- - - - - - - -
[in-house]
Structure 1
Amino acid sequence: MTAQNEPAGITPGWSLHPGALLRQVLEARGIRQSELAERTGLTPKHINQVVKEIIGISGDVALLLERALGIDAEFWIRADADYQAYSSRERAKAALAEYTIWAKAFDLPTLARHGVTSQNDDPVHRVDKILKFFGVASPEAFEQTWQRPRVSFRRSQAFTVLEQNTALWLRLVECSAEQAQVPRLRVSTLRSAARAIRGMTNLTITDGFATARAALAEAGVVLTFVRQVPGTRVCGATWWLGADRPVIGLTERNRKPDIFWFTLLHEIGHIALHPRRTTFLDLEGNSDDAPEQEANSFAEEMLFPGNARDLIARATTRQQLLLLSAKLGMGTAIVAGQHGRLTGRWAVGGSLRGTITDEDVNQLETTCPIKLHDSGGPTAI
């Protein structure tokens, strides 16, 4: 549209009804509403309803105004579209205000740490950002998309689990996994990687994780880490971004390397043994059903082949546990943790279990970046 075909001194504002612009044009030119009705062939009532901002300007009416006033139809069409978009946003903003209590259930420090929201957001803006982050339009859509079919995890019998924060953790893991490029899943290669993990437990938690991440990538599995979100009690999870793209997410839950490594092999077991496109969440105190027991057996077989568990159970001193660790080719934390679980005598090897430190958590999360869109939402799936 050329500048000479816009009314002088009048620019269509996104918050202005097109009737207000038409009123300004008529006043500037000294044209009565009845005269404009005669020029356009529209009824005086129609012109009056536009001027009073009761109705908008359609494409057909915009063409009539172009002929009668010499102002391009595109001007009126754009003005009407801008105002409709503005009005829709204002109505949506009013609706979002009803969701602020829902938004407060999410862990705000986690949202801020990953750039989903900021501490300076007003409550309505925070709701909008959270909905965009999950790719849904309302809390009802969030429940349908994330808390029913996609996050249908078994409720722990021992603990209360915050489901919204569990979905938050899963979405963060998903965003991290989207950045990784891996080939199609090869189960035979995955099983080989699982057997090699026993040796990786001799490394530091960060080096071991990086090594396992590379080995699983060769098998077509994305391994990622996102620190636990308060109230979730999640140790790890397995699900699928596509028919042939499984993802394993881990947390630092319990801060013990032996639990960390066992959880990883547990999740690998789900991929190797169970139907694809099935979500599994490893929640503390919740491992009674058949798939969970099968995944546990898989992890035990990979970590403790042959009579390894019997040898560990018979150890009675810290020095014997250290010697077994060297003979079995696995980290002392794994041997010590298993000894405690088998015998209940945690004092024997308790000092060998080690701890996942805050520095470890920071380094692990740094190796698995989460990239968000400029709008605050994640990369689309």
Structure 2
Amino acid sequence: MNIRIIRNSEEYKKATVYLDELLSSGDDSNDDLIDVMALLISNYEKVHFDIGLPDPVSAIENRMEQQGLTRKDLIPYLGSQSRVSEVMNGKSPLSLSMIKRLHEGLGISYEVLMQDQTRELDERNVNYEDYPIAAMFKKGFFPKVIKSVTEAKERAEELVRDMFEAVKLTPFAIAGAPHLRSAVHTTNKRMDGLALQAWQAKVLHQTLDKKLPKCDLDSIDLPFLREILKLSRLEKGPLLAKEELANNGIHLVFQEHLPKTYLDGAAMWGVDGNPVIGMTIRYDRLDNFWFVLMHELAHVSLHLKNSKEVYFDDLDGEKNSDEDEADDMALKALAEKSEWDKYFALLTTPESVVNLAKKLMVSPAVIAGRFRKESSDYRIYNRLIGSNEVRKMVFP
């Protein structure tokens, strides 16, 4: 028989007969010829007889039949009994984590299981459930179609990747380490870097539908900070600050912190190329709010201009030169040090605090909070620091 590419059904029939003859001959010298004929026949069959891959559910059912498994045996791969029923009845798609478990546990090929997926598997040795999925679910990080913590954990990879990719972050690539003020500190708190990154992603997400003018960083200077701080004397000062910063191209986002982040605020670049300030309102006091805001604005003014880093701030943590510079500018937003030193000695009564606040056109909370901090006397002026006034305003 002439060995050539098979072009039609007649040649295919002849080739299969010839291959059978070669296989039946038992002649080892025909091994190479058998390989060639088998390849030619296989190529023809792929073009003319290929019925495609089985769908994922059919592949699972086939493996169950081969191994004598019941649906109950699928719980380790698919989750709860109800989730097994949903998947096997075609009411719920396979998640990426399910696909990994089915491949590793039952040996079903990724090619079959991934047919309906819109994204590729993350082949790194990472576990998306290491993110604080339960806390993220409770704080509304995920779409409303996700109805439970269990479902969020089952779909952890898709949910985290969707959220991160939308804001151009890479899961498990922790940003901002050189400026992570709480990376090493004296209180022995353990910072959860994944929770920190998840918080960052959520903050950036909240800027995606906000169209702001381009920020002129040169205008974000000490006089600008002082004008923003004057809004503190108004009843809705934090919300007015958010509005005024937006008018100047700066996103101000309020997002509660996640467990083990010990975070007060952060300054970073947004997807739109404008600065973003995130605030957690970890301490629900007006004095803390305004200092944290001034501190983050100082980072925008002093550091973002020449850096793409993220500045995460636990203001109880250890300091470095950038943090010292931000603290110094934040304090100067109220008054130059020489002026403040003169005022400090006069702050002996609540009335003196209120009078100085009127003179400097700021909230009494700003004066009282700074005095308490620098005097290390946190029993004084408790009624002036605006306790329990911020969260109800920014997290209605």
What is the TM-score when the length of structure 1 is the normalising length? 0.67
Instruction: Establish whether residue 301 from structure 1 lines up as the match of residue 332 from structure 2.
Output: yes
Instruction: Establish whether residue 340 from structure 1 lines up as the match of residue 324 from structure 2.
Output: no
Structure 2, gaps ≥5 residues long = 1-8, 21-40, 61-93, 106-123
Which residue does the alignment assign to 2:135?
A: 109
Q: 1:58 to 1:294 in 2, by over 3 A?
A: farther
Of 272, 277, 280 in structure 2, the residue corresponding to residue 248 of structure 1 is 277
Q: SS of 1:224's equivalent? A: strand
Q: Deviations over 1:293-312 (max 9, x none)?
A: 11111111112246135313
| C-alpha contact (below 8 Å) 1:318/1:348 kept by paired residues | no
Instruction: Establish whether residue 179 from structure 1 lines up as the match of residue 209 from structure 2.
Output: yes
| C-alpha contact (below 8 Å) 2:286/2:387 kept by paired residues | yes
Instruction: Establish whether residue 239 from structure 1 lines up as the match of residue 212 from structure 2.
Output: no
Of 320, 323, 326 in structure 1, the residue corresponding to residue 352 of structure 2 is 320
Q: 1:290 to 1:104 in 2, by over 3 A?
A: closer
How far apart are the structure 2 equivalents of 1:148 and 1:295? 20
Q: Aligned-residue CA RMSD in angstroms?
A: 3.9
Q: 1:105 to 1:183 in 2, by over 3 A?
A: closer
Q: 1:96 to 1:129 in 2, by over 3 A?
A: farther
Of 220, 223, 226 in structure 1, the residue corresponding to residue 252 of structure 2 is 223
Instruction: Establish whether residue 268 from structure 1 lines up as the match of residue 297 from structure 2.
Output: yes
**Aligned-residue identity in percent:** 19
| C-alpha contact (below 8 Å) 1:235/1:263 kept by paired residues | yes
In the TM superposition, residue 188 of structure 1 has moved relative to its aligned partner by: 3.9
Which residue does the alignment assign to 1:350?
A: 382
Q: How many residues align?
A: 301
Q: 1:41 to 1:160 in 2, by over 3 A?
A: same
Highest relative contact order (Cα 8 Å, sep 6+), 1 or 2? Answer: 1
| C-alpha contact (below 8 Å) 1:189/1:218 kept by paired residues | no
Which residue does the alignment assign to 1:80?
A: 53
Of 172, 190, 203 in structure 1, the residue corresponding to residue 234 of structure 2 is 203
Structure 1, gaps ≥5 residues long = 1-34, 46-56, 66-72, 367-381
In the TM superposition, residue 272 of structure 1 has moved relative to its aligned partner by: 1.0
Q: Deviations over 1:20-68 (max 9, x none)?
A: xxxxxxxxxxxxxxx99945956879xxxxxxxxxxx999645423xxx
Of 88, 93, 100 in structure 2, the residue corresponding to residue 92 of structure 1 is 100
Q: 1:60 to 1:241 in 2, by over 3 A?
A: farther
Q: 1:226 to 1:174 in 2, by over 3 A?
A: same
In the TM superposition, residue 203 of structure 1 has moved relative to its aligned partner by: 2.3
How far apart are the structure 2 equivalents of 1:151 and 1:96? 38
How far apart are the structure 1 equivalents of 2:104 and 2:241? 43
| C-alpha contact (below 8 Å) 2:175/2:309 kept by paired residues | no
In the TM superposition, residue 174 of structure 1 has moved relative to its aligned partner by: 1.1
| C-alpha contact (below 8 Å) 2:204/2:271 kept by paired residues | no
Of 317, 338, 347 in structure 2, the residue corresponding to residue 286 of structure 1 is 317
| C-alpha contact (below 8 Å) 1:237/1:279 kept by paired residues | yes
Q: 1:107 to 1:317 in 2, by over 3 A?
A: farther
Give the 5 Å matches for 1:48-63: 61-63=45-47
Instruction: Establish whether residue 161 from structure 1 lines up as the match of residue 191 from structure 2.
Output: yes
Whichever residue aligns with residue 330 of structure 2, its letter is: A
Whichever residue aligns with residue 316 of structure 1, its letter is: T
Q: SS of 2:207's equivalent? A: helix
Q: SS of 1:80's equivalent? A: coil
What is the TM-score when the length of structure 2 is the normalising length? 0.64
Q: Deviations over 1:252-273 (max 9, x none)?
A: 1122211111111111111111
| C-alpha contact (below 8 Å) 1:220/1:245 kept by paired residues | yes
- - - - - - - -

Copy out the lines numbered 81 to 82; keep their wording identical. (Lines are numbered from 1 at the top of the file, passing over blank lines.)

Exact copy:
What is the TM-score when the length of structure 2 is the normalising length? 0.64
Q: Deviations over 1:252-273 (max 9, x none)?